General Contractor Cannot Bring Direct Action Against Subcontractor’s Insurer Regardless of General Contractor’s Status as Additional Insured Under Subcontractor’s Policy

Ohio Cas. Ins. Co. v. Time Warner Entm’t Co., L.P., 244 S.W.3d 885 (Tex. App. Feb. 6, 2008)

In this case, a general contractor brought a declaratory judgment action against its subcontractor’s primary and umbrella insurers to recover the cost of removing and replacing fiber optic cable that the subcontractor installed improperly.  Although the trial court granted summary judgment in favor of the general contractor, the Dallas Court of Appeals reversed.

The Court of Appeals observed that the general contractor lacked standing to bring a direct action against the subcontractor’s liability insurers or to seek a declaration of coverage obligations since liability had not been established by judgment or settlement.  Although the general contractor maintained that Texas’ longstanding no-direct-action rule was inapplicable in this case, since the general contractor was named as an additional insured under the subcontractor’s policies, the Court of Appeals rejected that argument.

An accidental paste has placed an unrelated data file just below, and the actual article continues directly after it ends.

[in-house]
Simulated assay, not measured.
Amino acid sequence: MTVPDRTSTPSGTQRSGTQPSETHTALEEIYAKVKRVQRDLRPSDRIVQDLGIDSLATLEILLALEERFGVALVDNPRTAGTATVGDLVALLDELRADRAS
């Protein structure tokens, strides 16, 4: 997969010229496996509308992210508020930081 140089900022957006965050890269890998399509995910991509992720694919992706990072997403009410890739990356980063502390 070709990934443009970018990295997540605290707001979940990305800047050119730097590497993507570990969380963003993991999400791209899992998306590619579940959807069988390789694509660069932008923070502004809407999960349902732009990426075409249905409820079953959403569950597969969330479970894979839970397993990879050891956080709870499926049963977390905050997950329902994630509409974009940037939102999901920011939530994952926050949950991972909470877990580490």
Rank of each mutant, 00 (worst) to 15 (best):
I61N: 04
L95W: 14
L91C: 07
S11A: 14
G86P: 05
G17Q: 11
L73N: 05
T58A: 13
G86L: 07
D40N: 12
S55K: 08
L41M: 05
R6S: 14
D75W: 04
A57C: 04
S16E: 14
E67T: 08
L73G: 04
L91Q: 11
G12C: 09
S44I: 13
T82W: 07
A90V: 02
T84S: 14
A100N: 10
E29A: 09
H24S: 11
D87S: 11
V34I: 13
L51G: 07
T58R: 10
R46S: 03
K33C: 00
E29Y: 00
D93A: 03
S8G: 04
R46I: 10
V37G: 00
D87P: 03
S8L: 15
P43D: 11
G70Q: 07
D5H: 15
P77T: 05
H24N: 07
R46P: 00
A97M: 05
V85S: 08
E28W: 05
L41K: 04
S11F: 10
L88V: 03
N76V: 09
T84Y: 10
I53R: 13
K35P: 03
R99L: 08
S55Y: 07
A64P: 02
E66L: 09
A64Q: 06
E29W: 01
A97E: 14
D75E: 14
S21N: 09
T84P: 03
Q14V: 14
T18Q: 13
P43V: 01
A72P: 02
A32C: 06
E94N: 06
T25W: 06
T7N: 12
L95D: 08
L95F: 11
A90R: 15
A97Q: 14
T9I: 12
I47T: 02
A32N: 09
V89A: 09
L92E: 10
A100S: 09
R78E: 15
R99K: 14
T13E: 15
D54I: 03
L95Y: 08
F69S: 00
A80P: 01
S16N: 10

Relying on the language of the policies at issue, the Court of Appeals observed that coverage was not triggered until the insured became “legally obligated to pay” through judgment or settlement.  Here, the general contractor elected to repair and replace the defective cabling to avoid liability to the property owner, but at no time was the general contractor legally obligated to pay those sums.  Accordingly, the general contractor failed to establish that it was owed a duty as an additional insured.  Further, because the general contractor did not hold a judgment against or a settlement with its subcontractor, the general contractor had no standing to sue the insurers pursuant to the duties they owed to the subcontractor as its liability insurer.

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